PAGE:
Pain is a common, aversive experience in children, with pre-schoolers encountering a painful event approximately every 3 hours. Although children mainly depend upon their parents for help and care, the association between parental responses and child outcomes is complex: parent’s responses influence children’s coping with pain and children’s reactions to pain influencing parental responses. The majority of research has either looked at parental factors (e.g. catastrophizing about child pain) or child factors (e.g. level of fear or anxiety) to explain how children cope with pain, but failed to look at the mutual influences between parents and children. Furthermore, although research to date has taught us a lot about how children cope with pain in a medical context (e.g. pain during immunizations or after surgery), little knowledge has been gathered on how children cope with everyday painful experiences (e.g. bumps and scratches). These everyday accidents are the main pain experiences of preschoolers and therefore likely to play an important role in how children learn to cope with pain. We need to better understand how parents and their children react to each other during and after their child goes through one of those everyday tumbles or short painful experiences that happen while playing at home. This will help us understand better how children learn to cope and recover from pain.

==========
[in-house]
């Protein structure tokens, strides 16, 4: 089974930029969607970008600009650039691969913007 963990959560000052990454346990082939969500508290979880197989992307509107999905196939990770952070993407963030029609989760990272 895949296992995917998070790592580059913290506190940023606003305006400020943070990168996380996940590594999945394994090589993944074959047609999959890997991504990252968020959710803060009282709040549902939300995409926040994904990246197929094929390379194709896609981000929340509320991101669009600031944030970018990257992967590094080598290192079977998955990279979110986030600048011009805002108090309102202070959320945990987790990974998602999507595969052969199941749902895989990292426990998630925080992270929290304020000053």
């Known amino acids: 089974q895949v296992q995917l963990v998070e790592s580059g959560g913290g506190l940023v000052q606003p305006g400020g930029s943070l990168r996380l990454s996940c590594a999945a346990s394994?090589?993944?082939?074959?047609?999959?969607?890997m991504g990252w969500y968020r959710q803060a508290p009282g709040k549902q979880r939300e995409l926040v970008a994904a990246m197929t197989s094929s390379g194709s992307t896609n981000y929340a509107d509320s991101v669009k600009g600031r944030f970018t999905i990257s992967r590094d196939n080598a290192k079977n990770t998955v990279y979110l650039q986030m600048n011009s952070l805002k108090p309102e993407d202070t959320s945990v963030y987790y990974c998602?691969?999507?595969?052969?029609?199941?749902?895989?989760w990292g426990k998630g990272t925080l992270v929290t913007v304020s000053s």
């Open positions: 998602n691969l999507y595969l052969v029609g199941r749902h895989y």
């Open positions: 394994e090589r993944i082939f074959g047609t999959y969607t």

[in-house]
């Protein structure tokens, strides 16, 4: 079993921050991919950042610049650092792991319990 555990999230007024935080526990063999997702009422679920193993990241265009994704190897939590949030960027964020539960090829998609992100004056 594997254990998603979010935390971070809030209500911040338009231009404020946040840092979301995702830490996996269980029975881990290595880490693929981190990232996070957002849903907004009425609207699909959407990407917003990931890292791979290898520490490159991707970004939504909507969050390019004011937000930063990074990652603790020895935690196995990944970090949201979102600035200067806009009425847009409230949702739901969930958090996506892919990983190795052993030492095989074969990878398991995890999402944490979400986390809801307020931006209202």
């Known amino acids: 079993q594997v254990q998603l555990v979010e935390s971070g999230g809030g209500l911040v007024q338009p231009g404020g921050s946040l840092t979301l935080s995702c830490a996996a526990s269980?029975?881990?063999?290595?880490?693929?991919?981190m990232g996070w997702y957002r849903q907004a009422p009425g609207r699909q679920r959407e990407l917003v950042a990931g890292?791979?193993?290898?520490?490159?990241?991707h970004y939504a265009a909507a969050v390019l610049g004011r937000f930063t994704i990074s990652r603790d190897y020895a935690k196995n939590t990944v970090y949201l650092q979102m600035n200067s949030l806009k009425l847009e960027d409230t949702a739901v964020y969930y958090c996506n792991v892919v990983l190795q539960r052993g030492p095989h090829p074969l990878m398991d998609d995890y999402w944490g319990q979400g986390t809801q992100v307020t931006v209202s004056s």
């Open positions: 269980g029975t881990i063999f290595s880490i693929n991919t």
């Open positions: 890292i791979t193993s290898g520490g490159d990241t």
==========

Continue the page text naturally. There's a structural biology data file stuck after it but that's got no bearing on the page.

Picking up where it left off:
What will we do?
The current research will apply a new model (i.e. Actor-Partner Interdependence Model) to look at the mutual influences between parents and children, to understand the way these interactions shape how children learn how to cope with pain.